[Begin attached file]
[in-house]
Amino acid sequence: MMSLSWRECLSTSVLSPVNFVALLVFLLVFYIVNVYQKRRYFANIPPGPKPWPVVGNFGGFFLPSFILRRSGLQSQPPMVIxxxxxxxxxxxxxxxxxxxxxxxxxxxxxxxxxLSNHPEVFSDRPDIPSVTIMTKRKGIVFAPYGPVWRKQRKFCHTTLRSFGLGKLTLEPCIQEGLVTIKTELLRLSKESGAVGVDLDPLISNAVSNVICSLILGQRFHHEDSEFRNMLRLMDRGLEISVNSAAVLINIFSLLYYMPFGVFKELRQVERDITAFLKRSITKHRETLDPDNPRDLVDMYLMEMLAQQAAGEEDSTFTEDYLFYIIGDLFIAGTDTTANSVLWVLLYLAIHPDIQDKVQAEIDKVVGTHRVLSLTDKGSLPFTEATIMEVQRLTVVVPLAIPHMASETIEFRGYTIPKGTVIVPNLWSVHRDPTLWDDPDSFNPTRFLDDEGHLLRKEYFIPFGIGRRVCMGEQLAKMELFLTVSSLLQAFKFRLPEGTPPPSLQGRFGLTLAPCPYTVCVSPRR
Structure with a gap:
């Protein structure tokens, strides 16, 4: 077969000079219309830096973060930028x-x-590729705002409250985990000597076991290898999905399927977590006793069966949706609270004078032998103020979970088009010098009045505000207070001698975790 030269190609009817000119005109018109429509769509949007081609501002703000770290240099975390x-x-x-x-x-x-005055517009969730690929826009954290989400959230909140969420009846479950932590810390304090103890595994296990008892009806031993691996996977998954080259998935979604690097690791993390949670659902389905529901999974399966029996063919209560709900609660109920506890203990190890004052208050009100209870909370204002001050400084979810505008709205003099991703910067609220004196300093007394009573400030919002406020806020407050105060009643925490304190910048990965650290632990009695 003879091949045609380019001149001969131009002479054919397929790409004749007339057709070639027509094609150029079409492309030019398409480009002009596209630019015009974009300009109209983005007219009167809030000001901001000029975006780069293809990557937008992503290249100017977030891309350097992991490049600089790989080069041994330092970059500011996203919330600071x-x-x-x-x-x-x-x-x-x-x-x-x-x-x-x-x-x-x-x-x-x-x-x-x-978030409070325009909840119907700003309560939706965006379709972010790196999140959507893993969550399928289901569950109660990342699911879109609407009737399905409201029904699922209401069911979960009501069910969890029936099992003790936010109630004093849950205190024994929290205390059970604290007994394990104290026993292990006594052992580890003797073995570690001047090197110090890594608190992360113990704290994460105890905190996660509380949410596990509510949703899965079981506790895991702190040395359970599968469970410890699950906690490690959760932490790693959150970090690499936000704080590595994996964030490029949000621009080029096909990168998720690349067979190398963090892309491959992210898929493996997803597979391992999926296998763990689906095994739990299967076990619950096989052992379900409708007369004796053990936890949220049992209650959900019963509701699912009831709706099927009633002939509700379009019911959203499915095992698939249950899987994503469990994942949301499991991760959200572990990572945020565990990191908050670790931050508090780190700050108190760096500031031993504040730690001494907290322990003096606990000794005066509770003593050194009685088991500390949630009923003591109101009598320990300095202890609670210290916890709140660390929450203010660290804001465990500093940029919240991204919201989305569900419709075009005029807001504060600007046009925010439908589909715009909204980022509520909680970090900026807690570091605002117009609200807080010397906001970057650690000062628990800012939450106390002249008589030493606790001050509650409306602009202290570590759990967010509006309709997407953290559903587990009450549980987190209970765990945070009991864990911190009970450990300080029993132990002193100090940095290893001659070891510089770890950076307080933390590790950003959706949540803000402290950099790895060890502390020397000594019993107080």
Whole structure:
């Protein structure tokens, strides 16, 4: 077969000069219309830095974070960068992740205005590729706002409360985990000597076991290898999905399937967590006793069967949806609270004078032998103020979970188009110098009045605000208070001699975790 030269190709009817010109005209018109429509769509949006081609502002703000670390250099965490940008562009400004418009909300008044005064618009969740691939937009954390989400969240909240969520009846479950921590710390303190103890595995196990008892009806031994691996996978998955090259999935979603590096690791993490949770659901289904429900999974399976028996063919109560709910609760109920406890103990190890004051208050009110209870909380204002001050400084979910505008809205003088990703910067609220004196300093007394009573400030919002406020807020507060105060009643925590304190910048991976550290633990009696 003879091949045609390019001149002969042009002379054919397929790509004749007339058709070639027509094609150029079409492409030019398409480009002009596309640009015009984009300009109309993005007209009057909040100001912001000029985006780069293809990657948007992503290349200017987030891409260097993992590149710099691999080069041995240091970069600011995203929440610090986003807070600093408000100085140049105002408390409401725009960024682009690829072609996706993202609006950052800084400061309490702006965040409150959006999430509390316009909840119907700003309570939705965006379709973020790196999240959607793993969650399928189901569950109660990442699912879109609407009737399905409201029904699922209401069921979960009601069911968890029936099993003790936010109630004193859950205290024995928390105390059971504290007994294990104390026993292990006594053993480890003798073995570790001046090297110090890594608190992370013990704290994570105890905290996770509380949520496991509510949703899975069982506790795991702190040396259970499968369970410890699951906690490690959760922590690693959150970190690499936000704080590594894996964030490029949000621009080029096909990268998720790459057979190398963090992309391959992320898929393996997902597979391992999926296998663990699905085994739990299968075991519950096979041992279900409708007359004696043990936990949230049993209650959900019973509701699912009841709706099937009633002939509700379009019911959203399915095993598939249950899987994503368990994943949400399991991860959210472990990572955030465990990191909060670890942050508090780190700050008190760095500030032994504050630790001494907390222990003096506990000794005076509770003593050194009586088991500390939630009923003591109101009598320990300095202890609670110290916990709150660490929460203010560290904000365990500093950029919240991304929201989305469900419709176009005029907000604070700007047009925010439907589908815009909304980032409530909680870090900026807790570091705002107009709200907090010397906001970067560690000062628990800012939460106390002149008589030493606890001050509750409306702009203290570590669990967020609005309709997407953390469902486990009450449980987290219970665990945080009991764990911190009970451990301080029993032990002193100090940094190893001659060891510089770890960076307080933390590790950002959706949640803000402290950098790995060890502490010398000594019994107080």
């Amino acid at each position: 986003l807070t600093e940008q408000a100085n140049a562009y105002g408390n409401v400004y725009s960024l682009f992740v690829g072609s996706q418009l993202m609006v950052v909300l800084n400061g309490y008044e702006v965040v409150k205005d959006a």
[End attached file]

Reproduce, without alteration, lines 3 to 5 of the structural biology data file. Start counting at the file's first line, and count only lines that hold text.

Structure with a gap:
């Protein structure tokens, strides 16, 4: 077969000079219309830096973060930028x-x-590729705002409250985990000597076991290898999905399927977590006793069966949706609270004078032998103020979970088009010098009045505000207070001698975790 030269190609009817000119005109018109429509769509949007081609501002703000770290240099975390x-x-x-x-x-x-005055517009969730690929826009954290989400959230909140969420009846479950932590810390304090103890595994296990008892009806031993691996996977998954080259998935979604690097690791993390949670659902389905529901999974399966029996063919209560709900609660109920506890203990190890004052208050009100209870909370204002001050400084979810505008709205003099991703910067609220004196300093007394009573400030919002406020806020407050105060009643925490304190910048990965650290632990009695 003879091949045609380019001149001969131009002479054919397929790409004749007339057709070639027509094609150029079409492309030019398409480009002009596209630019015009974009300009109209983005007219009167809030000001901001000029975006780069293809990557937008992503290249100017977030891309350097992991490049600089790989080069041994330092970059500011996203919330600071x-x-x-x-x-x-x-x-x-x-x-x-x-x-x-x-x-x-x-x-x-x-x-x-x-978030409070325009909840119907700003309560939706965006379709972010790196999140959507893993969550399928289901569950109660990342699911879109609407009737399905409201029904699922209401069911979960009501069910969890029936099992003790936010109630004093849950205190024994929290205390059970604290007994394990104290026993292990006594052992580890003797073995570690001047090197110090890594608190992360113990704290994460105890905190996660509380949410596990509510949703899965079981506790895991702190040395359970599968469970410890699950906690490690959760932490790693959150970090690499936000704080590595994996964030490029949000621009080029096909990168998720690349067979190398963090892309491959992210898929493996997803597979391992999926296998763990689906095994739990299967076990619950096989052992379900409708007369004796053990936890949220049992209650959900019963509701699912009831709706099927009633002939509700379009019911959203499915095992698939249950899987994503469990994942949301499991991760959200572990990572945020565990990191908050670790931050508090780190700050108190760096500031031993504040730690001494907290322990003096606990000794005066509770003593050194009685088991500390949630009923003591109101009598320990300095202890609670210290916890709140660390929450203010660290804001465990500093940029919240991204919201989305569900419709075009005029807001504060600007046009925010439908589909715009909204980022509520909680970090900026807690570091605002117009609200807080010397906001970057650690000062628990800012939450106390002249008589030493606790001050509650409306602009202290570590759990967010509006309709997407953290559903587990009450549980987190209970765990945070009991864990911190009970450990300080029993132990002193100090940095290893001659070891510089770890950076307080933390590790950003959706949540803000402290950099790895060890502390020397000594019993107080």
Whole structure: